Participants were Australian registered paramedics and New Zealand paramedics eligible for national registration. Student participants were undertaking accredited undergraduate paramedicine studies in Australian or New Zealand universities.
Participants were recruited through paramedicine and student social media groups, professional associations, employer groups, and universities offering paramedicine courses. The study was promoted on Facebook, Twitter and LinkedIn for six weeks in August and September 2020. Professional groups, major employers, and student paramedicine associations in Australia and New Zealand were all asked to assist with promoting the study. Based on estimated sample calculations, recruitment continued for six weeks or until a sample size of 250 was reached.
There were 328 surveys attempted and 237 completed (Table 1). Following removal of responses that took too long or failed the attention or random-responding checks, there were 204 valid responses available for analysis (Table 2).
Number of responses received and considered for analysis.
Number of surveys attempted 328
Number of surveys completed 237
Number of responses greater 2 standard deviations in length 1
Number failed attention check 4
Number failed random check 28
Number available for analysis 204
Paramedic (n=103) Student (n=101) All participants (N=204)
Female 45 (43.7%) 60 (59.4%) 105 (51.5%)
Male 51 (49.5%) 37 (36.6%) 88 (43.1%)
Other 7 (6.8%) 4 (4.0%) 11 (5.4%)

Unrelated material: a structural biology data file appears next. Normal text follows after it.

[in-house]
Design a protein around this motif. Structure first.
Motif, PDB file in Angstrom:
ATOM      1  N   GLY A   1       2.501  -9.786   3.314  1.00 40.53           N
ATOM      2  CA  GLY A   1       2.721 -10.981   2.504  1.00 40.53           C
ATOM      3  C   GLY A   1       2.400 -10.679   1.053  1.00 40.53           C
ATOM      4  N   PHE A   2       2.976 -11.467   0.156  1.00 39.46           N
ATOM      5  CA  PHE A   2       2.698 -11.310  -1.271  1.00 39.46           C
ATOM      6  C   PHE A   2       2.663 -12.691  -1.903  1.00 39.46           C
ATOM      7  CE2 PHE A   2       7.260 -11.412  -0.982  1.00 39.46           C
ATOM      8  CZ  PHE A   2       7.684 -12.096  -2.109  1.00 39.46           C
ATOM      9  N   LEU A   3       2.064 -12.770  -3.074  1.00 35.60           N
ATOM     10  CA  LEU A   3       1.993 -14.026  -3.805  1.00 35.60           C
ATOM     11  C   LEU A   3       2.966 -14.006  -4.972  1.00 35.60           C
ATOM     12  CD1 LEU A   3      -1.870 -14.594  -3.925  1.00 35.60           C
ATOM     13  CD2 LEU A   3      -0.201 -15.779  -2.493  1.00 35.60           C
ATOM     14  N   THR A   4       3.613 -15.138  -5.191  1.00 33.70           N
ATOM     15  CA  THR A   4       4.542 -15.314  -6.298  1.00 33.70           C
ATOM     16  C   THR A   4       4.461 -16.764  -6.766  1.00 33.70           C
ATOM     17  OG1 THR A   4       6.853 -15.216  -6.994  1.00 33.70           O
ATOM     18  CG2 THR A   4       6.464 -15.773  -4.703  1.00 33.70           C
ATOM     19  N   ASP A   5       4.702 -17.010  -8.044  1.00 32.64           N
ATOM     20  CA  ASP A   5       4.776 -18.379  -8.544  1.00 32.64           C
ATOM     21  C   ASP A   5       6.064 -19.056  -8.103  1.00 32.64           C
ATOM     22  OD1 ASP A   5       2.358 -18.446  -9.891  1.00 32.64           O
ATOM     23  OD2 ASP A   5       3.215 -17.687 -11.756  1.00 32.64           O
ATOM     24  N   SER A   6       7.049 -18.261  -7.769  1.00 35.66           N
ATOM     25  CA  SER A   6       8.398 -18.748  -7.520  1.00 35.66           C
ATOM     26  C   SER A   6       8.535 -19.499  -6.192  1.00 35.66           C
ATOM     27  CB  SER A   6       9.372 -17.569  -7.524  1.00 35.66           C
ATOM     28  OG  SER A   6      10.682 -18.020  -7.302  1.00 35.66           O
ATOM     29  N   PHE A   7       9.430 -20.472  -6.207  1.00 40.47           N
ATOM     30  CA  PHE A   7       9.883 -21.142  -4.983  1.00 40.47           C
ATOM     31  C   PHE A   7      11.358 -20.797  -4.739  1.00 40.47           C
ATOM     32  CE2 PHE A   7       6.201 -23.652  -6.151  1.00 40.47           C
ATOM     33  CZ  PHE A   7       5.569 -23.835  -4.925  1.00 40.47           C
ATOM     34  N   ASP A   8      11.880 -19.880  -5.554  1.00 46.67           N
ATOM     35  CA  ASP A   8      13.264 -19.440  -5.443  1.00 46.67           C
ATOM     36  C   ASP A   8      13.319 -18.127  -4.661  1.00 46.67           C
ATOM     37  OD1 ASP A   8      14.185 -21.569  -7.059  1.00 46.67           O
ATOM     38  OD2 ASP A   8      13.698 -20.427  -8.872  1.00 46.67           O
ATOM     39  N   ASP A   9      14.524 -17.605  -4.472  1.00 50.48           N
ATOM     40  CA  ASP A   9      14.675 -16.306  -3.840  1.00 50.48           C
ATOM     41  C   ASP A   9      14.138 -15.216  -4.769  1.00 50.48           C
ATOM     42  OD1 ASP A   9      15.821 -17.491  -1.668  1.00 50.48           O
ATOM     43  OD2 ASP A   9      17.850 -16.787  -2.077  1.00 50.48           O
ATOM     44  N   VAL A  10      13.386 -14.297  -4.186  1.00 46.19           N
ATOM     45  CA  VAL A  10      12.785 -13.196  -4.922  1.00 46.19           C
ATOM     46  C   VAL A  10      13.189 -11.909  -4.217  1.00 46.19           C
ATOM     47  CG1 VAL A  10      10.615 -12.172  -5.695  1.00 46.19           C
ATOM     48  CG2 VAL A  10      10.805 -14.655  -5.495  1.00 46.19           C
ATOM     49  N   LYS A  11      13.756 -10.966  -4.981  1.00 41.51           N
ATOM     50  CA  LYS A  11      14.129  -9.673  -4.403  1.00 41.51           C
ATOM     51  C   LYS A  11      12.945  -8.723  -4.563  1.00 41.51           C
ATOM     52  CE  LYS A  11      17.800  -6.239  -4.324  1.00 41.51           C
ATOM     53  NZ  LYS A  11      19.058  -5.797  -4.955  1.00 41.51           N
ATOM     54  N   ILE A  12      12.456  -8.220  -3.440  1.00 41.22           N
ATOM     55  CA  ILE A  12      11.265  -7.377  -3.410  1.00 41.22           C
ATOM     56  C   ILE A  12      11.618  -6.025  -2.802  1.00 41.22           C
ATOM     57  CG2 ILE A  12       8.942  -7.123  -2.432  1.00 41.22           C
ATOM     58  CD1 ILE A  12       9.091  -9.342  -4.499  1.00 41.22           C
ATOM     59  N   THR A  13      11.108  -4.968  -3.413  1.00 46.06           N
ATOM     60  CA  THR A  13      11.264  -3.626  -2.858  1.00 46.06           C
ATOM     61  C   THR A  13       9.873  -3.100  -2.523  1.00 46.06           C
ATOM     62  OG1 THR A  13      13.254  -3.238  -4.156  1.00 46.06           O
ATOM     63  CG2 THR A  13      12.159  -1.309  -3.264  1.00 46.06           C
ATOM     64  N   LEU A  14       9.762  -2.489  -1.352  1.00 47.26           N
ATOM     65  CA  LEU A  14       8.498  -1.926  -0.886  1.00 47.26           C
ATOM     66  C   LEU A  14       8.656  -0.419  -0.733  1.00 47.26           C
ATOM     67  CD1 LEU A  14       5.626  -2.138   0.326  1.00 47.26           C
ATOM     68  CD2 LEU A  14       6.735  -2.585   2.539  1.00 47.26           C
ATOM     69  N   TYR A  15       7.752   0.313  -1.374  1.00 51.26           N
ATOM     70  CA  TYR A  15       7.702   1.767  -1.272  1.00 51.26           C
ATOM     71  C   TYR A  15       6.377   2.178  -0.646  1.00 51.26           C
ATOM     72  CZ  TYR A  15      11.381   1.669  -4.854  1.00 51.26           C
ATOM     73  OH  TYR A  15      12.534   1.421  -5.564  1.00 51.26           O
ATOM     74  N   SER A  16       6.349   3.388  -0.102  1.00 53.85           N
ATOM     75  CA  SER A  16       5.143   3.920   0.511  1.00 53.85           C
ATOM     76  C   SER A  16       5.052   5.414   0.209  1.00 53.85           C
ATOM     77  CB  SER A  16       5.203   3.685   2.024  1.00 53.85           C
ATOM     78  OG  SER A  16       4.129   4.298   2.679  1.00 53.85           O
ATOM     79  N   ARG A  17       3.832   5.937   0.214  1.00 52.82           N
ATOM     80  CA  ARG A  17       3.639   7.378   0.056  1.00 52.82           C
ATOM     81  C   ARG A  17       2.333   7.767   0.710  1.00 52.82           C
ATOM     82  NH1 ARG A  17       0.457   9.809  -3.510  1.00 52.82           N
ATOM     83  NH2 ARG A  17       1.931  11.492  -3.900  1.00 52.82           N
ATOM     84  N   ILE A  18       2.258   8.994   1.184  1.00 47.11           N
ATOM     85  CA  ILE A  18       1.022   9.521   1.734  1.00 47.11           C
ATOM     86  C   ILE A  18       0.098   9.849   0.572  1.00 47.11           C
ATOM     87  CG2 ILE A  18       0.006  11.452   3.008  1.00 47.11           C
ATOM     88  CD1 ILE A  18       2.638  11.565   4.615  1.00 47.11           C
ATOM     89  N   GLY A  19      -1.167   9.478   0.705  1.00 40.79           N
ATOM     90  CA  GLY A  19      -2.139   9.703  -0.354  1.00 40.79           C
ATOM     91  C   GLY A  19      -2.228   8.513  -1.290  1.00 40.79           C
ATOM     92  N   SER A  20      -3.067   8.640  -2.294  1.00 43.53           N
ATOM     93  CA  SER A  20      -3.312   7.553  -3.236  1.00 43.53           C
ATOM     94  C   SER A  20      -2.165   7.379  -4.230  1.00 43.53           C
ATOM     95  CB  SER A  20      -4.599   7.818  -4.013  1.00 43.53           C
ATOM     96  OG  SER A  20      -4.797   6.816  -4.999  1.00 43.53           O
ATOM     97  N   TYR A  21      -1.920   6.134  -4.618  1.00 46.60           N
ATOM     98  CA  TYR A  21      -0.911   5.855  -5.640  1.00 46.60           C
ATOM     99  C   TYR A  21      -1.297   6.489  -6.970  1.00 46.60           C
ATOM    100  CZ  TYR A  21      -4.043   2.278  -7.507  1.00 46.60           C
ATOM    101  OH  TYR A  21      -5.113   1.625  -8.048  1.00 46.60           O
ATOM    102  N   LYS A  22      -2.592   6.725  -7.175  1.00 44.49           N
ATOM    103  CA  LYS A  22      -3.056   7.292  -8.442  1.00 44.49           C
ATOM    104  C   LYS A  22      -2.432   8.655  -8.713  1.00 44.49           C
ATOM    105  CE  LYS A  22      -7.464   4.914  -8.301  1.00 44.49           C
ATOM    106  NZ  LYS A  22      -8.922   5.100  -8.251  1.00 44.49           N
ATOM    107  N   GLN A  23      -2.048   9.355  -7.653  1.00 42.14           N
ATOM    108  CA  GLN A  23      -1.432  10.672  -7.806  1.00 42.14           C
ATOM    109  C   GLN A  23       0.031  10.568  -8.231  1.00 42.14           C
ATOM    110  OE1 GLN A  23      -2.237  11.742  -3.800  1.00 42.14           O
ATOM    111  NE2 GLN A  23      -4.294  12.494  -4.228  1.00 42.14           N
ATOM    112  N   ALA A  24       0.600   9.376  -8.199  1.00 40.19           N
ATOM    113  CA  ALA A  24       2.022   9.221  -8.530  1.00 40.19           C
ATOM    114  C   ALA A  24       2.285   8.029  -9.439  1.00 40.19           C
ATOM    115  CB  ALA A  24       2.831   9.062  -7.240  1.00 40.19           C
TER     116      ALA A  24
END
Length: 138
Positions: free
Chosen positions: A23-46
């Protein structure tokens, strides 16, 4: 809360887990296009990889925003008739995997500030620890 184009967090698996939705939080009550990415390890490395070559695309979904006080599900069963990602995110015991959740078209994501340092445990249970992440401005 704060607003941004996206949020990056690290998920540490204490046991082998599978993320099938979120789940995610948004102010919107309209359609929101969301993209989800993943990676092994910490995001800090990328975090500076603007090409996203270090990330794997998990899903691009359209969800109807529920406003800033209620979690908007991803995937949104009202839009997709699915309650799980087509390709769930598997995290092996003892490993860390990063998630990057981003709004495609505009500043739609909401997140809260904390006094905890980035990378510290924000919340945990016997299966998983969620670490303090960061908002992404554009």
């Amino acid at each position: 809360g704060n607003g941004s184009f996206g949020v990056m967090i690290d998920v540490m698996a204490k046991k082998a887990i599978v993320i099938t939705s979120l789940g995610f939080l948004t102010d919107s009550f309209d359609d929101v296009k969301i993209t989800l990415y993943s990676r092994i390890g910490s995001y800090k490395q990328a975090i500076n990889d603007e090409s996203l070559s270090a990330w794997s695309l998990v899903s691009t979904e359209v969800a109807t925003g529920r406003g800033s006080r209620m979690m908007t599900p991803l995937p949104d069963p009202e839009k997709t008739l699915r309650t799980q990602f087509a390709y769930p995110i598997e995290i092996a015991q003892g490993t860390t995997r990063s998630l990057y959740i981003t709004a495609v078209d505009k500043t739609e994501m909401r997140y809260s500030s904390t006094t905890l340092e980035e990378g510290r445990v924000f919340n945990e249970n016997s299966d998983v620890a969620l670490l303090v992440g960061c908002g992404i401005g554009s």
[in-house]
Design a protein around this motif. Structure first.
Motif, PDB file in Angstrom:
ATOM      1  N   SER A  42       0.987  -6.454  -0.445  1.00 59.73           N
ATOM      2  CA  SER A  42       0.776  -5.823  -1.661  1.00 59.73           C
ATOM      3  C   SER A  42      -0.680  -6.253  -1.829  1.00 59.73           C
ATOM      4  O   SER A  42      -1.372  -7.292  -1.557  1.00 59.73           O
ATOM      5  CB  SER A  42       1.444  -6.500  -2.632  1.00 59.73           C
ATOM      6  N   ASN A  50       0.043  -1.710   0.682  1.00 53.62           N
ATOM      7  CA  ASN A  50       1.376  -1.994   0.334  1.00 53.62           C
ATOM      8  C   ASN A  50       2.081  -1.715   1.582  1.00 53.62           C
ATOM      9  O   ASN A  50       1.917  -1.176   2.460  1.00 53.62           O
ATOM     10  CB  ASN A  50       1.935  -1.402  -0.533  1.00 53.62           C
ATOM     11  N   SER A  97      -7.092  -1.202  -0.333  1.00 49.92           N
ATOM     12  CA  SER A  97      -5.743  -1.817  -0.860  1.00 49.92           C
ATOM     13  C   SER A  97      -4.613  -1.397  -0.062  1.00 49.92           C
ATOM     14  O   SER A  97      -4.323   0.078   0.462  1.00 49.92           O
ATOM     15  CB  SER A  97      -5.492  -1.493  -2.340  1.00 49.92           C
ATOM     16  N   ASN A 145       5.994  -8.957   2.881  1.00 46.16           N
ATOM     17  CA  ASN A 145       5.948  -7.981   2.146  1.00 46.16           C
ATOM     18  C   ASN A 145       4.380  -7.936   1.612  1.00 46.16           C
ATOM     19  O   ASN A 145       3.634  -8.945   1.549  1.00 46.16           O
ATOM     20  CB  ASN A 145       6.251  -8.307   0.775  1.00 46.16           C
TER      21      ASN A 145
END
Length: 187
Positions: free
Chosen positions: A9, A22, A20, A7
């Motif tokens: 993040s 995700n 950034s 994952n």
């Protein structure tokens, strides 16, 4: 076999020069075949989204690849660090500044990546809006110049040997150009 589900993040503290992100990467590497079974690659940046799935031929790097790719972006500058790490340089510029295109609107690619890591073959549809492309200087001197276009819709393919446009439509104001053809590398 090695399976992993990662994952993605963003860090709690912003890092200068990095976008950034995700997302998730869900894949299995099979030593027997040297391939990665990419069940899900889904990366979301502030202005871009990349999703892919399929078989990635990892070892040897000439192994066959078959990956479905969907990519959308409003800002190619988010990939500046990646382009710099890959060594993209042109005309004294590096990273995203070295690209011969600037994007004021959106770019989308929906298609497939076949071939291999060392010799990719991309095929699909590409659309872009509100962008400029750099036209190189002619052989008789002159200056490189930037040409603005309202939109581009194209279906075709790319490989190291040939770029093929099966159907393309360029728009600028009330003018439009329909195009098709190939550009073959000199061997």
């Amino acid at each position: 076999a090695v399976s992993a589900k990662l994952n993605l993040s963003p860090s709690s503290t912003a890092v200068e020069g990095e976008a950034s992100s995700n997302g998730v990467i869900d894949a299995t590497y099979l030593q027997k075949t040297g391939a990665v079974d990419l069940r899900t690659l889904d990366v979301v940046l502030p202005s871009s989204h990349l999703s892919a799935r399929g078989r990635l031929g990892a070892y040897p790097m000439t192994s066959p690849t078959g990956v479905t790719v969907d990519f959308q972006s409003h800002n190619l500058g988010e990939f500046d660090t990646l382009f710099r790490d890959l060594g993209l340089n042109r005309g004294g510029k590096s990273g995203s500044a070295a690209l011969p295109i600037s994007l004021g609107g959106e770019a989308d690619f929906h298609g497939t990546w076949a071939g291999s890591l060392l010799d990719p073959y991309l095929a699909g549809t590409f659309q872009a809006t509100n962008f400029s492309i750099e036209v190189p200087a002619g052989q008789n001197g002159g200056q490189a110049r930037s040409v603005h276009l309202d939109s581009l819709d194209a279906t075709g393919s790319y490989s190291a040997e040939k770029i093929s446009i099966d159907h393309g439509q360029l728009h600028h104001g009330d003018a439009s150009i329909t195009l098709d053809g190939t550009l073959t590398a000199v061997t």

Age (Years: Mean [SD]) 38.7 [11.1] 25.7 [8.53] 32.2 [11.8]
Experience (Years: Mean [SD]) 12.0 [9.43] NA 12.0 [9.43]
Cognitive Reflection Test
The Cognitive Reflection Test (CRT; Frederick, 2005) is the most commonly used tool to assess intuitive versus effortful reasoning by measuring the ability to override an intuitively attractive but incorrect response and determine the correct answer. Since the original three-item version was first created in 2005, the CRT has been used and validated in a variety of settings and evolved over time (Patel et al., 2019). We used a 7-item version with reworked versions of the classic items plus additional non-numeric items (Table 3) (Newton et al., 2021).
Cognitive Reflection Test items used in this study.
The ages of Mark and Adam add up to 28 years total. Mark is 20 years older than Adam. How many years old is Adam? Intuitive answer: 8;
Correct answer: 4
If it takes 10 seconds for 10 printers to print out 10 pages of paper, how many seconds will it take 50 printers to print out 50 pages of paper?
Intuitive answer: 50;
Correct answer: 10
On a loaf of bread, there is a patch of mould. Every day, the patch doubles in size. If it takes 40 days for the patch to cover the entire loaf of bread, how many days would it take for the patch to cover half of the loaf of bread?